The Supreme Court on Monday refused without comment to take up the dispute. Justice Elena Kagan recused. The high court’s decision was a win for the U.S. Justice Department, which came under attack after initially recommending Rubashkin serve life imprisonment for his role in a multimillion-dollar fraud scheme.

Rubashkin’s lawyers, including Bancroft partner Paul Clement, lead counsel in the Supreme Court, and Nathan Lewin, who advocated for Rubashkin in the U.S. Court of Appeals for the Eight Circuit, were not immediately reached for comment Monday afternoon.

Over the past several years, Rubashkin’s case was the centerpiece of a national public relations and legal campaign, garnering significant attention in Jewish American communities and legal circles around the country.

Several organizations supported Rubashkin in the high court fight. A group of former senior DOJ officials and attorneys general, including Edwin Meese III and Dick Thornburgh, represented by Seth Waxman of Wilmer Cutler Pickering Hale and Dorr, filed a brief asking the Supreme Court to examine the issues in the case.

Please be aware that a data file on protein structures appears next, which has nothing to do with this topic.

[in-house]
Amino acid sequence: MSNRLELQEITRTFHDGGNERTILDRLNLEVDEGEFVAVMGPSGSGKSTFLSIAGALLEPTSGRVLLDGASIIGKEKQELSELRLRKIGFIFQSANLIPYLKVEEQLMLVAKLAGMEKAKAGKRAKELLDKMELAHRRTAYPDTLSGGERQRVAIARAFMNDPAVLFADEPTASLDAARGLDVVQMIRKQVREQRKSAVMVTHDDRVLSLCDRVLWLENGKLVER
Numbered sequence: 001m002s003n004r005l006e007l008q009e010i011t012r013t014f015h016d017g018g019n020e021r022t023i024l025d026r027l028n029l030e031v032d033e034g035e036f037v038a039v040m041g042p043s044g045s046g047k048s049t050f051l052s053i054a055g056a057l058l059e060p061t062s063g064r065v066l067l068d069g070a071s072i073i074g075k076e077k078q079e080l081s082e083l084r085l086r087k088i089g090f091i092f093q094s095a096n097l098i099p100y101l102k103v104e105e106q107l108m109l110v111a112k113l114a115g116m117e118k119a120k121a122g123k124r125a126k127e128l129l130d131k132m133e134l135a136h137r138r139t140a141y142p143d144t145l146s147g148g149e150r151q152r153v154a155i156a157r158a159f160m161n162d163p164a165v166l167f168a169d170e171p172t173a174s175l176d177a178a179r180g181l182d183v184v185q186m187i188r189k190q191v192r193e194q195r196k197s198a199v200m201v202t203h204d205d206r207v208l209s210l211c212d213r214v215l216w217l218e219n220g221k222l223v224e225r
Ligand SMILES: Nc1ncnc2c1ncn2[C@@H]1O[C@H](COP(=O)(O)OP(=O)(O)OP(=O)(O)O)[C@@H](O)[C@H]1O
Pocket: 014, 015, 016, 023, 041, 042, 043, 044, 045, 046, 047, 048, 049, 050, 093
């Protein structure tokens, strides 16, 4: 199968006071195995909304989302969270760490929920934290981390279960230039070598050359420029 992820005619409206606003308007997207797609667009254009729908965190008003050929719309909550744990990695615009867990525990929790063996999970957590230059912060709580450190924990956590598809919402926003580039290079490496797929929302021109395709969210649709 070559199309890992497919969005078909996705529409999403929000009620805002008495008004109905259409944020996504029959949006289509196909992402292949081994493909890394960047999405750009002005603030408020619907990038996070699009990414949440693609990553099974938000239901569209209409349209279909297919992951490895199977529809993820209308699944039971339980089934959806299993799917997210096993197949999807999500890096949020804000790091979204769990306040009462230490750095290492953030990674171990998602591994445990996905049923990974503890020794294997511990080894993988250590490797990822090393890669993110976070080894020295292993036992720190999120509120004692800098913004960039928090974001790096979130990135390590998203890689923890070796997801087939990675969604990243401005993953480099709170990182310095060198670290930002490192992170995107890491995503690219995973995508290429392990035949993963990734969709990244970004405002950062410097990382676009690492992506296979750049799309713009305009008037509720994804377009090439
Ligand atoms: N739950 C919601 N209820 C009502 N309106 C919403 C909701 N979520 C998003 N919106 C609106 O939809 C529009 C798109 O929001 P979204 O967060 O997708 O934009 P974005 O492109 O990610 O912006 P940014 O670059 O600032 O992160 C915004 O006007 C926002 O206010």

Rubashkin, the former vice president and manager of the meat processing plant Agriprocessors, Inc., manipulated company accounts to increase borrowing power under a revolving loan, prosecutors said. The bank fraud case flowed from a high-profile federal immigration raid in 2008 targeting the Agriprocessors plant in Iowa. A jury in U.S. District Court for the Northern District of Iowa convicted Rubashkin in 2009 on fraud charges.